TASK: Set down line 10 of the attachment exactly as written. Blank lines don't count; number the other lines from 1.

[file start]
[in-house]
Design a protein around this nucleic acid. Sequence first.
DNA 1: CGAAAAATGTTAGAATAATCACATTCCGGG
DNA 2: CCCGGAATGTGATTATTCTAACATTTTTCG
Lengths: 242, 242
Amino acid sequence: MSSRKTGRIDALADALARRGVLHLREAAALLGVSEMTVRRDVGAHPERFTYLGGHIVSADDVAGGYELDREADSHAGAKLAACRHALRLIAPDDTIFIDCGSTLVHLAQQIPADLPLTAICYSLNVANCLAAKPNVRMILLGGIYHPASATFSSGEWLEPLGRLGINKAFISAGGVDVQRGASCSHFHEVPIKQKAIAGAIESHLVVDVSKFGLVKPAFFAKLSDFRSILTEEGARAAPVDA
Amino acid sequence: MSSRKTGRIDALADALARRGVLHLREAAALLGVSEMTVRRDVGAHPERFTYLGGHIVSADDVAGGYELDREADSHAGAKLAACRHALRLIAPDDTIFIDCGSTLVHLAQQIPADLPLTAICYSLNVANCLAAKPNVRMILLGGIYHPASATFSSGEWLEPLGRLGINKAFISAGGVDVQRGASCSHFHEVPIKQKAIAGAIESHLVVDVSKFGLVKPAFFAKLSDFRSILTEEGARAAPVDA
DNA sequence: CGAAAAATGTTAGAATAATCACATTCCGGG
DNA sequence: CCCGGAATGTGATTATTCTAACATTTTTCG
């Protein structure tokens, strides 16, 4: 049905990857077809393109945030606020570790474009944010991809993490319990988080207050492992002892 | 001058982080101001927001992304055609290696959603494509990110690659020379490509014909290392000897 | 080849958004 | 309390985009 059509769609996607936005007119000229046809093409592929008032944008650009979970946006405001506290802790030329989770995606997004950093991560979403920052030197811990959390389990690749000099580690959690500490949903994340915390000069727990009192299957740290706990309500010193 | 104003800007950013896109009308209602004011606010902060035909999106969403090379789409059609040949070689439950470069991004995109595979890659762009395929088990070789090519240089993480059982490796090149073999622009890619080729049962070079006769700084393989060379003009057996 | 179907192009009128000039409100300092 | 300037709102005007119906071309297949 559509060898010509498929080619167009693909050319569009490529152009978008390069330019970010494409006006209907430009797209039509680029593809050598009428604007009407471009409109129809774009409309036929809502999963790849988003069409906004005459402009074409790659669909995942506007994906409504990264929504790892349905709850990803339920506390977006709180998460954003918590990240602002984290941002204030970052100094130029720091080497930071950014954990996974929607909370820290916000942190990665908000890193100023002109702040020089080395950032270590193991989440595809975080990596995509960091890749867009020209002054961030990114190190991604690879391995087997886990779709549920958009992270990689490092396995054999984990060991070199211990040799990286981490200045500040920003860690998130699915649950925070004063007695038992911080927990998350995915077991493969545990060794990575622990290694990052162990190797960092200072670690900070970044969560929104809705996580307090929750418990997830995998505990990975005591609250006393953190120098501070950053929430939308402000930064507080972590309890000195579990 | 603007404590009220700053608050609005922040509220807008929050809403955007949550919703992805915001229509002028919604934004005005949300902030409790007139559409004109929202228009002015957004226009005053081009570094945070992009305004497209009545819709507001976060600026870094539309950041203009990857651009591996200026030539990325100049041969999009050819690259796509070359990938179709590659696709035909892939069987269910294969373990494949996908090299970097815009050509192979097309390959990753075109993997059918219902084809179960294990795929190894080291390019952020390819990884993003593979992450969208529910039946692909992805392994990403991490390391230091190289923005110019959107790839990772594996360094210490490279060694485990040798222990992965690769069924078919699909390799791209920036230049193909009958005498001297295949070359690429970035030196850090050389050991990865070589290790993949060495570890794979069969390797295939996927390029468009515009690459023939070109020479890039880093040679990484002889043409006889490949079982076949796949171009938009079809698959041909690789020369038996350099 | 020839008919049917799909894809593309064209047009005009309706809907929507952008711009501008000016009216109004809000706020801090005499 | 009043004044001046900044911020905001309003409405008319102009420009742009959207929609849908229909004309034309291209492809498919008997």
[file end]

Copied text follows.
């Protein structure tokens, strides 16, 4: 049905990857077809393109945030606020570790474009944010991809993490319990988080207050492992002892 | 001058982080101001927001992304055609290696959603494509990110690659020379490509014909290392000897 | 080849958004 | 309390985009 059509769609996607936005007119000229046809093409592929008032944008650009979970946006405001506290802790030329989770995606997004950093991560979403920052030197811990959390389990690749000099580690959690500490949903994340915390000069727990009192299957740290706990309500010193 | 104003800007950013896109009308209602004011606010902060035909999106969403090379789409059609040949070689439950470069991004995109595979890659762009395929088990070789090519240089993480059982490796090149073999622009890619080729049962070079006769700084393989060379003009057996 | 179907192009009128000039409100300092 | 300037709102005007119906071309297949 559509060898010509498929080619167009693909050319569009490529152009978008390069330019970010494409006006209907430009797209039509680029593809050598009428604007009407471009409109129809774009409309036929809502999963790849988003069409906004005459402009074409790659669909995942506007994906409504990264929504790892349905709850990803339920506390977006709180998460954003918590990240602002984290941002204030970052100094130029720091080497930071950014954990996974929607909370820290916000942190990665908000890193100023002109702040020089080395950032270590193991989440595809975080990596995509960091890749867009020209002054961030990114190190991604690879391995087997886990779709549920958009992270990689490092396995054999984990060991070199211990040799990286981490200045500040920003860690998130699915649950925070004063007695038992911080927990998350995915077991493969545990060794990575622990290694990052162990190797960092200072670690900070970044969560929104809705996580307090929750418990997830995998505990990975005591609250006393953190120098501070950053929430939308402000930064507080972590309890000195579990 | 603007404590009220700053608050609005922040509220807008929050809403955007949550919703992805915001229509002028919604934004005005949300902030409790007139559409004109929202228009002015957004226009005053081009570094945070992009305004497209009545819709507001976060600026870094539309950041203009990857651009591996200026030539990325100049041969999009050819690259796509070359990938179709590659696709035909892939069987269910294969373990494949996908090299970097815009050509192979097309390959990753075109993997059918219902084809179960294990795929190894080291390019952020390819990884993003593979992450969208529910039946692909992805392994990403991490390391230091190289923005110019959107790839990772594996360094210490490279060694485990040798222990992965690769069924078919699909390799791209920036230049193909009958005498001297295949070359690429970035030196850090050389050991990865070589290790993949060495570890794979069969390797295939996927390029468009515009690459023939070109020479890039880093040679990484002889043409006889490949079982076949796949171009938009079809698959041909690789020369038996350099 | 020839008919049917799909894809593309064209047009005009309706809907929507952008711009501008000016009216109004809000706020801090005499 | 009043004044001046900044911020905001309003409405008319102009420009742009959207929609849908229909004309034309291209492809498919008997």